I was told by informed sources that the publisher of VIVA magazine pulled the latest issue of the magazine right after it hit the stands because it contained risqué articles (by Jordanian standards) that discussed homosexuality and female sexuality. The magazine was then reissued after these pieces were removed. Well, I have to say I’m not surprised that this happened since so many in Jordan seem to be in denial about both issues. Sadly enough, for many in Jordan the concepts of female sexuality and homosexuality simply do not exist.
What puzzles me, though, is how the publishers figured that in this day and age they could get away with this kind of censoring without being scrutinized. The reason I’m putting these two articles up is to make a point: We cannot continue to live in denial. Someday we are going to have to acknowledge the fact that these issues do exist. And yes, even in Jordan of all places. Other Jordanian bloggers have done the same. Make sure to check out Khalidah and Hala’s blogs. So for those curious or those stuck with the censored edition of the magazine, here’s a chance to read those articles. Click the images (or text) to enlarge the scanned page and make sure your browser shows the image full-size to read. [The images are large.]
some things need to be heard, such articles can’t be taken simply when people are trying to open eyes on important issues, the publisher’s did what they did fearing bad feedback, or simply jordan wasn’t ready… but now many thngs had changed, Jordan became more open… with magazines like pulp publishing gay-related articles, the scandel of M.K. magazine with Jordan’s teenage supermodel on the cover being shirtless, gay clubs and hangouts, the major outing to many people, the PDA to homosexuals and the not least the scandel of U magazine where they copy-pasted a photoshoot of UK VOGUE check it out: http://mykali.weebly.com/the-scandel-of-u.html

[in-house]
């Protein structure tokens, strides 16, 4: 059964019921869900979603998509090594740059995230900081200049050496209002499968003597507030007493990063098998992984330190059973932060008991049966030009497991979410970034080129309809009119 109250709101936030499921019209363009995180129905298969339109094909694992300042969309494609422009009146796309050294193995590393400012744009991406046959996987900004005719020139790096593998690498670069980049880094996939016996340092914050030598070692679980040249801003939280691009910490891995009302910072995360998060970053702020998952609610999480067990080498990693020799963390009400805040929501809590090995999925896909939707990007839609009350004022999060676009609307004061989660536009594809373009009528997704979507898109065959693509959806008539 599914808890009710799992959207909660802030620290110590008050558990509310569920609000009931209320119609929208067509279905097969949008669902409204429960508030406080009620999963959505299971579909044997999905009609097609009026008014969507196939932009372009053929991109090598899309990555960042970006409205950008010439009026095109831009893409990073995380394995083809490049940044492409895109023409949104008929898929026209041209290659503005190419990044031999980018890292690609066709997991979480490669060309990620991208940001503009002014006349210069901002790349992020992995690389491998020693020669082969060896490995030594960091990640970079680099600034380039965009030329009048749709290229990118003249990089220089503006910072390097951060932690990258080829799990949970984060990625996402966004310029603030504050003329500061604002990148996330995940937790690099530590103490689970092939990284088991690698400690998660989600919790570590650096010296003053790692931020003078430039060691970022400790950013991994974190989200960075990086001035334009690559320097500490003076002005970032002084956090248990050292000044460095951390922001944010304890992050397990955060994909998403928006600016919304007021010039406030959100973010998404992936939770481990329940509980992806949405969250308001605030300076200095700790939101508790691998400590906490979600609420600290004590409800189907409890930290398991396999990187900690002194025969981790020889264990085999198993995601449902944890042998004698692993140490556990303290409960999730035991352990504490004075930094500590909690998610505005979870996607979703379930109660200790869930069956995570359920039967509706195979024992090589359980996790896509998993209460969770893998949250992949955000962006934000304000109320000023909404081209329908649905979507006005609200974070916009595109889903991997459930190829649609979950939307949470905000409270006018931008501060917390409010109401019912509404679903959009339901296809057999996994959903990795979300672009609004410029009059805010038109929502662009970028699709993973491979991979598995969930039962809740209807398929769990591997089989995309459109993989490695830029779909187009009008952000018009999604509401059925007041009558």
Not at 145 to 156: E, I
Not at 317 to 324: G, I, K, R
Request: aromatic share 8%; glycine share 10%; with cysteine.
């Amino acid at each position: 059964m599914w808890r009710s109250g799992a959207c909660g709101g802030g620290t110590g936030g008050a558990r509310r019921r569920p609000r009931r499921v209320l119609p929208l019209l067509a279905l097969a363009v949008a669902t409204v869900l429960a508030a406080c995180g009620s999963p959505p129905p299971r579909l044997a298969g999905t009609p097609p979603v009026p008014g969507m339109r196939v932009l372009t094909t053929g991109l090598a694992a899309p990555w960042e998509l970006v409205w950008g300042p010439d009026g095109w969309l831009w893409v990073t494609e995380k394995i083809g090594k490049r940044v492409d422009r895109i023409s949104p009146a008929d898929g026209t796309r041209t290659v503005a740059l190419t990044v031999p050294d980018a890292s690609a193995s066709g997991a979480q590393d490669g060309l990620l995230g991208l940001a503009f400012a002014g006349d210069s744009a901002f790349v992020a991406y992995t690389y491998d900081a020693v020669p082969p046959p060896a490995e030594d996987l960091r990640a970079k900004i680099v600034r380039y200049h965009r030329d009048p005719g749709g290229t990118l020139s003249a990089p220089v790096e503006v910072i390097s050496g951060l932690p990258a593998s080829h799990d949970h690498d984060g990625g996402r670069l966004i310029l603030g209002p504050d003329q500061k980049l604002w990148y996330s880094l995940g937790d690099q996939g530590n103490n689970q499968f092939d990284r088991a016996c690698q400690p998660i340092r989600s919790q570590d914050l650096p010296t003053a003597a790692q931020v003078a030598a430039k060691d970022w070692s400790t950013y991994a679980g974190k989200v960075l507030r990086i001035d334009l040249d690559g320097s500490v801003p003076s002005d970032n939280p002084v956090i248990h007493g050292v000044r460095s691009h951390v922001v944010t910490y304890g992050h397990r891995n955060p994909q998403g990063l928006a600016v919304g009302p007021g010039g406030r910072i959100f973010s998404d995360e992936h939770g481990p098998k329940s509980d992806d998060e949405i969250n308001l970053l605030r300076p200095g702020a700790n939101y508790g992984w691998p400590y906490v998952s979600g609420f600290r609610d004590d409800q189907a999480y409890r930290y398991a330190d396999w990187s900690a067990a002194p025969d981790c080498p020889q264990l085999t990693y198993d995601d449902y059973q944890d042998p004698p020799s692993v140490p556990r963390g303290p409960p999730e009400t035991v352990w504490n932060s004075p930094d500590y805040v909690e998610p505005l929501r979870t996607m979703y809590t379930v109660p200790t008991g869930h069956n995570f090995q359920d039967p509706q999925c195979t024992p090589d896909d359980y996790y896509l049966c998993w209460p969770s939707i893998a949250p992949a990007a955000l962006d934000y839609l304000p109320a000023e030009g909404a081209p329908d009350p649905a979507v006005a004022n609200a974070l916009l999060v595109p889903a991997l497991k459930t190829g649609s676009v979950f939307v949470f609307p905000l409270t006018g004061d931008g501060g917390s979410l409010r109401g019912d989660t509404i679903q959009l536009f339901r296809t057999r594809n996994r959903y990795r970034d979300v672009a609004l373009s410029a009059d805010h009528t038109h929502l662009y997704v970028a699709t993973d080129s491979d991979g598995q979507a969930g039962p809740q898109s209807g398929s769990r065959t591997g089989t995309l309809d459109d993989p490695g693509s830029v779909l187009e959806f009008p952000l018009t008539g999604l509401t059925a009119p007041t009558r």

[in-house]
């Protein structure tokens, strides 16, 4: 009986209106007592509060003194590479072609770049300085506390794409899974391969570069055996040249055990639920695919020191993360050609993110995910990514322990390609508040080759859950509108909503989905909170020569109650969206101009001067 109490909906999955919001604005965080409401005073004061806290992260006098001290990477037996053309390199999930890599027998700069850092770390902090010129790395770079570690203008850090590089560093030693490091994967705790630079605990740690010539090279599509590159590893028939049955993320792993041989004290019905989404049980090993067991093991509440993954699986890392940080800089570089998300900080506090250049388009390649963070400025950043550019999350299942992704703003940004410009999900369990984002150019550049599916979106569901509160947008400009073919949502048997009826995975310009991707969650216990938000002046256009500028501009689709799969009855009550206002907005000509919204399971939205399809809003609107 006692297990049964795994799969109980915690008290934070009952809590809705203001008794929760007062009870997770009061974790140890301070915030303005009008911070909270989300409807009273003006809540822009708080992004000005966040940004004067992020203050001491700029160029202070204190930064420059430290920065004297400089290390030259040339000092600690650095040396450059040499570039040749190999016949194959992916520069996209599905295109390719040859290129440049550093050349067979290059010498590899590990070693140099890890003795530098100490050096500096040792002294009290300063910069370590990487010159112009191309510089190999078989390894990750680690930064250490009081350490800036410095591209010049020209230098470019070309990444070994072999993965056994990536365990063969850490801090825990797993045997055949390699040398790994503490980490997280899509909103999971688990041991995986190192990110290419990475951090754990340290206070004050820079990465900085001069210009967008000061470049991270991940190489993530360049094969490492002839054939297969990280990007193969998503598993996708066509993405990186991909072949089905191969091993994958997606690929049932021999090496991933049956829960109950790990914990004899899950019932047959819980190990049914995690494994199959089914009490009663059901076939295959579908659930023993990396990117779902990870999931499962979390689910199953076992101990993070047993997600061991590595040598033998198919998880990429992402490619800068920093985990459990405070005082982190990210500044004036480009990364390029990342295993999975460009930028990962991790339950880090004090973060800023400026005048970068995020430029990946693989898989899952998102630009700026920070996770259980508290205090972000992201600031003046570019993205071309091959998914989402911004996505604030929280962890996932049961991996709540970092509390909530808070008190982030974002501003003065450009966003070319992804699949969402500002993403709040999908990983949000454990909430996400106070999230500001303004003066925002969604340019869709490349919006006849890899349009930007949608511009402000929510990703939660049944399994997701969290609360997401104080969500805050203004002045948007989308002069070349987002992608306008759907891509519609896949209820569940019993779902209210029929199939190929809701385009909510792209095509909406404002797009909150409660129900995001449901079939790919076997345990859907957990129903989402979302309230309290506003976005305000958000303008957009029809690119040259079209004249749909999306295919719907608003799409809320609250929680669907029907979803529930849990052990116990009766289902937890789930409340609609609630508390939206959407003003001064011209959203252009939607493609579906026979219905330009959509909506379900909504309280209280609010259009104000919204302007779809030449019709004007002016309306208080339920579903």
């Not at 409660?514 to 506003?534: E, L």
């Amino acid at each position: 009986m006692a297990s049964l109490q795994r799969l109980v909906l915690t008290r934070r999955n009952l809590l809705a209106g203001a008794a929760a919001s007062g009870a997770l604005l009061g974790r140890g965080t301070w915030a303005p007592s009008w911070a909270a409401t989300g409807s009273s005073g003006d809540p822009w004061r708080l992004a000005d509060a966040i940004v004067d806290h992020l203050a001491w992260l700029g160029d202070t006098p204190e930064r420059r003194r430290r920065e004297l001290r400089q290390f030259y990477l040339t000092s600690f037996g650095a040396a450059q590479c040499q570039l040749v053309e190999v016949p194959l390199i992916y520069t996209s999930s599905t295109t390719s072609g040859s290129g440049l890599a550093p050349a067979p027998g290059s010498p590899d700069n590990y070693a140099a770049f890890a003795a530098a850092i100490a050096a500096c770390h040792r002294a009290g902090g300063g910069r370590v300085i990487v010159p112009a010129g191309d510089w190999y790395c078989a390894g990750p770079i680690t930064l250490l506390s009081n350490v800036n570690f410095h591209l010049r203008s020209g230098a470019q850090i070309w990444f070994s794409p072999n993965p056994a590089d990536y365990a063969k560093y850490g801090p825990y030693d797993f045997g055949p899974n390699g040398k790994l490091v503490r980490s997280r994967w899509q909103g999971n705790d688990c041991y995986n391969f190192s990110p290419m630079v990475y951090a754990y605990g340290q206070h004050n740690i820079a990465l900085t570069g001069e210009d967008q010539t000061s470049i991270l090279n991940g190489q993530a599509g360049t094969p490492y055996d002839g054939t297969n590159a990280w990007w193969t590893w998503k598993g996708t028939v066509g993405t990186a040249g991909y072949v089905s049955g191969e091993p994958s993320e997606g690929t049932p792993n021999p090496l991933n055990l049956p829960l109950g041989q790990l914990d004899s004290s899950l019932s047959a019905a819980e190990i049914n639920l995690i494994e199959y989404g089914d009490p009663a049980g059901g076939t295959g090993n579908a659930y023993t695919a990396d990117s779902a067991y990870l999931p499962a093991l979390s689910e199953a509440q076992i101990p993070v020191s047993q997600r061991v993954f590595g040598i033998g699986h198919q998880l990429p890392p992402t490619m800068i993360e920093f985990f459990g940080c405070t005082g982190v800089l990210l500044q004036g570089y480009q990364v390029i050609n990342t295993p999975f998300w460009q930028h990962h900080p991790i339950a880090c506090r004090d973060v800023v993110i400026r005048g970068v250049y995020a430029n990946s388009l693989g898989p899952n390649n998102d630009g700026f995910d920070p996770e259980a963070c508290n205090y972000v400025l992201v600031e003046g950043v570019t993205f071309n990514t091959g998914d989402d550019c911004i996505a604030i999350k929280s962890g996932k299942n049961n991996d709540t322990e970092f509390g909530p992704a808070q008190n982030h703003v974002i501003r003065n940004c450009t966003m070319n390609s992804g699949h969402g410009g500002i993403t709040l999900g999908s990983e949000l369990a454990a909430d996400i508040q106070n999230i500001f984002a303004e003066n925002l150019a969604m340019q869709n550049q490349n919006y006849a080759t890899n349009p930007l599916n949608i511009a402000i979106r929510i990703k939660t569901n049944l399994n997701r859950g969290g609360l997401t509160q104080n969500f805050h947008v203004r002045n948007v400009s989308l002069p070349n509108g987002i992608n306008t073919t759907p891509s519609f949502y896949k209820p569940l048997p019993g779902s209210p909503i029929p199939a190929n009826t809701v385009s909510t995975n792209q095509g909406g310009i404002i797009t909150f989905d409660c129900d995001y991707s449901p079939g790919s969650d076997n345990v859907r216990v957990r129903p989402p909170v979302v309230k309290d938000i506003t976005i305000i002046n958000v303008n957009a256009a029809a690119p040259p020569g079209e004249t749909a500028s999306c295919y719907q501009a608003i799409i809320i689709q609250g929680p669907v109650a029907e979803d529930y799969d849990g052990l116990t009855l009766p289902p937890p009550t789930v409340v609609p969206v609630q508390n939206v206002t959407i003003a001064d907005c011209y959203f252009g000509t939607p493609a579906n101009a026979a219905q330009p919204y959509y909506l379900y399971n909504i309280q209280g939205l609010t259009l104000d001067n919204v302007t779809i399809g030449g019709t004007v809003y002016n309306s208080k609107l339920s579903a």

and now check out this year’s best gay online magazine called My.Kali.mag which was named after the supermodel Kali aka Khalid:
Hi Natasha, have you considered contacting the publishers to learn why they decided to pull it off?
Regarding your point, I agree these subjects do not get discussed enough in our societies, but then the next question becomes how to discuss them, and there it becomes an issue of personal opinions. The articles in the VIVA magazine were written by non-heterosexuals who were presenting their own accounts of their lives and who were sort of “coming out” to the Jordanian readers of the VIVA magazine, and when a person comes out like that, they’re always gonna try to make the point that “I’m normal, I’m just like you and everyone else”, so we have to agree that these articles have a certain theme in them which promotes the acceptance of these life styles. Now, I congratulate these individuals on having the courage to do that and to come out like that.